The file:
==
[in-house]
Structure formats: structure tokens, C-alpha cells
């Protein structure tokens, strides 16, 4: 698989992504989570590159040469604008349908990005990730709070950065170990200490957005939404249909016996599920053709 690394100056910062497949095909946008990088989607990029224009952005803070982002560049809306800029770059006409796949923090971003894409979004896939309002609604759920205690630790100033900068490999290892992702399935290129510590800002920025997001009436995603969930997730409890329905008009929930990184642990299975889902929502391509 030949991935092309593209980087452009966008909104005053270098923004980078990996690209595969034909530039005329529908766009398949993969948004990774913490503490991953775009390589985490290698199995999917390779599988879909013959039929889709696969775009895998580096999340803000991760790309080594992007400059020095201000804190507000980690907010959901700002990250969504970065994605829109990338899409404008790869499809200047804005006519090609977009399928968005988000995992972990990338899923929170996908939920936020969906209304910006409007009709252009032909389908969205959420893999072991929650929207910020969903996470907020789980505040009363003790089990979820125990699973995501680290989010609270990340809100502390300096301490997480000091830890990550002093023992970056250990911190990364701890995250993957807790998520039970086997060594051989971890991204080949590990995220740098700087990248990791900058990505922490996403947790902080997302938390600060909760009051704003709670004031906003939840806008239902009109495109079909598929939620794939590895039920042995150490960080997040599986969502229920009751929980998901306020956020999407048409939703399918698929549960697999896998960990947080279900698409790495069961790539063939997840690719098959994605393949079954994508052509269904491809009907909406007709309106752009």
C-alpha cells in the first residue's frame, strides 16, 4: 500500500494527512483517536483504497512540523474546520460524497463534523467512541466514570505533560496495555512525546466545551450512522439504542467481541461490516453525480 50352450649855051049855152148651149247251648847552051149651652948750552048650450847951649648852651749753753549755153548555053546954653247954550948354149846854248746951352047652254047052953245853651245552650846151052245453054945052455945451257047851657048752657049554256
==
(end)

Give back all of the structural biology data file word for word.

[in-house]
Structure formats: structure tokens, C-alpha cells
């Protein structure tokens, strides 16, 4: 698989992504989570590159040469604008349908990005990730709070950065170990200490957005939404249909016996599920053709 690394100056910062497949095909946008990088989607990029224009952005803070982002560049809306800029770059006409796949923090971003894409979004896939309002609604759920205690630790100033900068490999290892992702399935290129510590800002920025997001009436995603969930997730409890329905008009929930990184642990299975889902929502391509 030949991935092309593209980087452009966008909104005053270098923004980078990996690209595969034909530039005329529908766009398949993969948004990774913490503490991953775009390589985490290698199995999917390779599988879909013959039929889709696969775009895998580096999340803000991760790309080594992007400059020095201000804190507000980690907010959901700002990250969504970065994605829109990338899409404008790869499809200047804005006519090609977009399928968005988000995992972990990338899923929170996908939920936020969906209304910006409007009709252009032909389908969205959420893999072991929650929207910020969903996470907020789980505040009363003790089990979820125990699973995501680290989010609270990340809100502390300096301490997480000091830890990550002093023992970056250990911190990364701890995250993957807790998520039970086997060594051989971890991204080949590990995220740098700087990248990791900058990505922490996403947790902080997302938390600060909760009051704003709670004031906003939840806008239902009109495109079909598929939620794939590895039920042995150490960080997040599986969502229920009751929980998901306020956020999407048409939703399918698929549960697999896998960990947080279900698409790495069961790539063939997840690719098959994605393949079954994508052509269904491809009907909406007709309106752009």
C-alpha cells in the first residue's frame, strides 16, 4: 500500500494527512483517536483504497512540523474546520460524497463534523467512541466514570505533560496495555512525546466545551450512522439504542467481541461490516453525480 50352450649855051049855152148651149247251648847552051149651652948750552048650450847951649648852651749753753549755153548555053546954653247954550948354149846854248746951352047652254047052953245853651245552650846151052245453054945052455945451257047851657048752657049554256